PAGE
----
The festival of Tihar, also known as Deepawali or Yamapanchak, is one of the most anticipated and widely celebrated festivals across Nepal. Occurring in late October or early November, following the national festival of Dashain, Tihar spans five days and centers around the lighting of lamps to symbolize the triumph of light over darkness, knowledge over ignorance, and hope over despair.
Each day of Tihar focuses on honoring a specific aspect of Nepalese culture and spirituality:
Here is an expanded explanation for each day:
Day 1 – Kaag Tihar:
On the first day of Tihar, crows are revered as the messengers of Yama, the Hindu god of death. Crows have a deep spiritual significance in Nepali culture as conduits between the material and spiritual realms. People offer sweets, fruits, and grains on their rooftops or windowsills to express gratitude towards crows for their divine services. The offerings also acknowledge the role of crows in alerting humans to omens and messages from the gods.
Day 2 – Kukur Tihar:
The second day celebrates the cherished relationship between humans and dogs. Dogs hold an esteemed position in Nepali households for their unwavering loyalty, protection and companionship. On Kukur Tihar, dogs are bathed, adorned with flower garlands, tika markings on their forehead and given special meals to express appreciation for their services. Their paws are painted with red vermilion powder as a way to wish them longevity. The day highlights the unique human-canine bond.
Day 3 – Gai Tihar and Laxmi Puja:
Cow worship is an integral part of Hindu rituals and this day honors cows as sacred beings representing motherhood, nourishment, and abundance. Cows are beautifully decorated with garlands, fed green grass and vegetables. Homes are cleaned to welcome the goddess Laxmi, the bestower of prosperity, later in the evening. Oil lamps, candles and lights are lit to invite Laxmi into homes and lives.
Day 4 – Goru Tihar and Govardhan Puja:
Oxen are celebrated on this day for their labor in ploughing fields and transportation of goods. They are given extra rest and sumptuous food. The Govardhan mountain is also worshipped on this day for providing nourishment to cows and representing fertility. Married women perform pujas for their husbands and are presented gifts by their husbands to honor marital bonds.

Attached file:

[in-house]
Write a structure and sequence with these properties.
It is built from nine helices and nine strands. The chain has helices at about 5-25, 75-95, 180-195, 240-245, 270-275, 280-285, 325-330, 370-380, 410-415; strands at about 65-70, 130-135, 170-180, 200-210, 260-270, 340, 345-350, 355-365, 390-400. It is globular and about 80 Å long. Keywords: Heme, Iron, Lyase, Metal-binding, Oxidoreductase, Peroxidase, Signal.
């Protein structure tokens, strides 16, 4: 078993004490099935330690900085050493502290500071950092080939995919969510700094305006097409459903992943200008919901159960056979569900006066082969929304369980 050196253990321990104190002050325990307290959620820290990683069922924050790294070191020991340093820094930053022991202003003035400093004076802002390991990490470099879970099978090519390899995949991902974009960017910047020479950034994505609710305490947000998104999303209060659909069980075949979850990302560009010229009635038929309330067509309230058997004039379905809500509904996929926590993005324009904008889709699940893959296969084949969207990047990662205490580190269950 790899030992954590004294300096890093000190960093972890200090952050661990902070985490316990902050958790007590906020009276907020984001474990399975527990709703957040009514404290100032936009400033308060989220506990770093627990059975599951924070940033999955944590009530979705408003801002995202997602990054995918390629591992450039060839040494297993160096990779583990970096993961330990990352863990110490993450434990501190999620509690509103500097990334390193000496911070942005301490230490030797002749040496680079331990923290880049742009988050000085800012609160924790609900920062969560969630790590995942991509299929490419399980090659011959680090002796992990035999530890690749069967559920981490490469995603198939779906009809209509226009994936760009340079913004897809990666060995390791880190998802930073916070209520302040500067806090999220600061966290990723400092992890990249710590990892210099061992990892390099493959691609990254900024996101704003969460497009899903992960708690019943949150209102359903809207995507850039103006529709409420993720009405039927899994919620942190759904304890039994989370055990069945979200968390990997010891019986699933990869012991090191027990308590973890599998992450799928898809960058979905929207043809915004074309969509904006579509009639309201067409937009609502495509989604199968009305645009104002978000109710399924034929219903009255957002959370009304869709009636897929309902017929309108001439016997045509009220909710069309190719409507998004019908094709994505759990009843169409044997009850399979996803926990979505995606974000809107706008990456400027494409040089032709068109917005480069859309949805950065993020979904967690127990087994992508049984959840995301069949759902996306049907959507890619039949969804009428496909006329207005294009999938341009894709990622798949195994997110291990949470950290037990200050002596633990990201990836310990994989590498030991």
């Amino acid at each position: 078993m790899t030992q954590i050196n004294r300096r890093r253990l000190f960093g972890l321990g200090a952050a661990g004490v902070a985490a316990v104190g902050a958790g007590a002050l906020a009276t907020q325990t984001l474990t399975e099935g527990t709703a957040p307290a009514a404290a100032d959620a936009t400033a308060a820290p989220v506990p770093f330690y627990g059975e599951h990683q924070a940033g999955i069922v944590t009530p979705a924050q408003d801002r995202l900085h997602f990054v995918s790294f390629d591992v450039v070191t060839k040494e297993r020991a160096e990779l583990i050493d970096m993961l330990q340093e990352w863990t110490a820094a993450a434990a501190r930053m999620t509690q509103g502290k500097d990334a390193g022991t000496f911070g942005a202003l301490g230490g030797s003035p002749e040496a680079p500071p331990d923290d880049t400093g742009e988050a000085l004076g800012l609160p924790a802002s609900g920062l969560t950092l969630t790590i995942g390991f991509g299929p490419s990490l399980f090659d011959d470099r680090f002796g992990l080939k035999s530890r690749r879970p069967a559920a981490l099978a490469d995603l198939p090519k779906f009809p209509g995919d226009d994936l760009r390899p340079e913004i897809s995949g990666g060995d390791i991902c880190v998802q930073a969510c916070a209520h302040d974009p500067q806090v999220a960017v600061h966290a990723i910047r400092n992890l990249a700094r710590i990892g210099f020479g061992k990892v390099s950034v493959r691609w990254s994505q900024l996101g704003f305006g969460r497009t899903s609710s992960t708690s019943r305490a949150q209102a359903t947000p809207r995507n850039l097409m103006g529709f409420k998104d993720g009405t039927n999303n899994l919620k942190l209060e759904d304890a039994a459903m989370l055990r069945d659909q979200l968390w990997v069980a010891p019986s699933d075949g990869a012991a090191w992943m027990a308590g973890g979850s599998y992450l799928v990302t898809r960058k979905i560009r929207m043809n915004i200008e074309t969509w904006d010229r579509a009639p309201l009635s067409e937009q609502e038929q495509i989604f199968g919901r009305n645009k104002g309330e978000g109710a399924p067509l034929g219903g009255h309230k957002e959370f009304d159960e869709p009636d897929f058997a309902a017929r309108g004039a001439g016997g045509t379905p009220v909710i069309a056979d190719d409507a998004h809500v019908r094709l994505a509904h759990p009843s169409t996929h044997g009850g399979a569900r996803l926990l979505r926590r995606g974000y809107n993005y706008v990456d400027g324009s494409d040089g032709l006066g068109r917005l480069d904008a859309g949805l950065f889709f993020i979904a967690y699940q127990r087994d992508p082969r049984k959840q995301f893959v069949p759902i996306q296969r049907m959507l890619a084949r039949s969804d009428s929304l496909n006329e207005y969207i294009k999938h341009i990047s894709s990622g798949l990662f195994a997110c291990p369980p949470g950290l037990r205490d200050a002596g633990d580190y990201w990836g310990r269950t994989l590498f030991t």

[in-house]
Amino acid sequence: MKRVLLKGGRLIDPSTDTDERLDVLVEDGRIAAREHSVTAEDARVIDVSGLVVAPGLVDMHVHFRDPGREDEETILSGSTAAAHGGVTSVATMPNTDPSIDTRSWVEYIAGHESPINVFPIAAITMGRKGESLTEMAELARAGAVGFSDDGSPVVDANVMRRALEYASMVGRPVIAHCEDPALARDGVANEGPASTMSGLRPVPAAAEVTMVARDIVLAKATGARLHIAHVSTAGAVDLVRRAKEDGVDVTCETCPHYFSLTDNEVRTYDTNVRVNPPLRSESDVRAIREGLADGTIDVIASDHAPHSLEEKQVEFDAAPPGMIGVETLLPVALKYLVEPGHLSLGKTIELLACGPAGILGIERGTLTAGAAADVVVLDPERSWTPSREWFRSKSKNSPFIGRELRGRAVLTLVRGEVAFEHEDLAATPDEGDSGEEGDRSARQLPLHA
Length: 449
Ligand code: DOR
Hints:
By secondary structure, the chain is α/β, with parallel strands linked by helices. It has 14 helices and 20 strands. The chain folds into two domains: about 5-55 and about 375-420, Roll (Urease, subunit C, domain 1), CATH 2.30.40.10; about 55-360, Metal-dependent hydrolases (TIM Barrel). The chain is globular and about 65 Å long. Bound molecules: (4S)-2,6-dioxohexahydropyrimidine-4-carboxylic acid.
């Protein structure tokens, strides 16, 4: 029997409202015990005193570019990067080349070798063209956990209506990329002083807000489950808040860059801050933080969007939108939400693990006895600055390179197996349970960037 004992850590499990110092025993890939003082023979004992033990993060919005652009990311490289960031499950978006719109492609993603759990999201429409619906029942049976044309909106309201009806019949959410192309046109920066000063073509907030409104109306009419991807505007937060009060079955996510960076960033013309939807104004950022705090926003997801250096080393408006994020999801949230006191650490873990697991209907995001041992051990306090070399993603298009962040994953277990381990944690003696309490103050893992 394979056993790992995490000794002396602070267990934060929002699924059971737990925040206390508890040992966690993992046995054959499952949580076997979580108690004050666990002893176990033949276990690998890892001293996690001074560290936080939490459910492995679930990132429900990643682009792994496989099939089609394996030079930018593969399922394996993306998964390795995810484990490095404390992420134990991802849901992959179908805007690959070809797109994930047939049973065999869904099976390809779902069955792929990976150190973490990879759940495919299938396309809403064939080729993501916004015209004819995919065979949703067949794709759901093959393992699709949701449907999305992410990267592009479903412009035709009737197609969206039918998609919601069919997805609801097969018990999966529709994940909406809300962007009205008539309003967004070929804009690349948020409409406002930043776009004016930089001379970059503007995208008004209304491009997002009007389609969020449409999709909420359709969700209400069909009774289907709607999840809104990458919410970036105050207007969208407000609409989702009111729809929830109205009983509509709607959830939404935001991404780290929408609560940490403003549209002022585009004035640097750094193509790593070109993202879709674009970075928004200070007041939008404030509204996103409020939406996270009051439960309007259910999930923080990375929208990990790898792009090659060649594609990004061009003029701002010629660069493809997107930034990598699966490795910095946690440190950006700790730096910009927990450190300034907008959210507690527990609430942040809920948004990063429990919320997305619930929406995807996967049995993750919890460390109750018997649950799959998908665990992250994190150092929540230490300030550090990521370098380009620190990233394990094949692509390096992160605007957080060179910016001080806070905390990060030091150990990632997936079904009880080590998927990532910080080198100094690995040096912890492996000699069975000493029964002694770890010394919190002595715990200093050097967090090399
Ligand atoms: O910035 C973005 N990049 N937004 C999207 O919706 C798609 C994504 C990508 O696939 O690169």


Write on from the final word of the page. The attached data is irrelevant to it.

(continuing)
Day 5 – Bhai Tika:
On the final day, sisters apply tika to the foreheads of their brothers and offer them flower garlands, sweets and prayers for prosperity and longevity. Brothers bestow blessings and gifts upon sisters and promise to protect them always. It is a celebration of the cherished bonds between brothers and sisters.
Throughout Tihar, the atmosphere is filled with joy, music, and colorful decorations. Homes are illuminated with oil lamps, candles, and decorative lights. The festival not only holds religious significance but also plays a crucial role in strengthening familial and community ties. It is a time for family reunions, feasting on traditional dishes, playing card games, and exchanging gifts.
Tihar showcases the rich cultural and spiritual heritage of Nepal, celebrating the harmonious coexistence of humans and nature, while also emphasizing the values of love, respect, and gratitude towards all living beings. It is a truly enchanting and unifying festival that brings people together to celebrate the beauty of life and the world around them.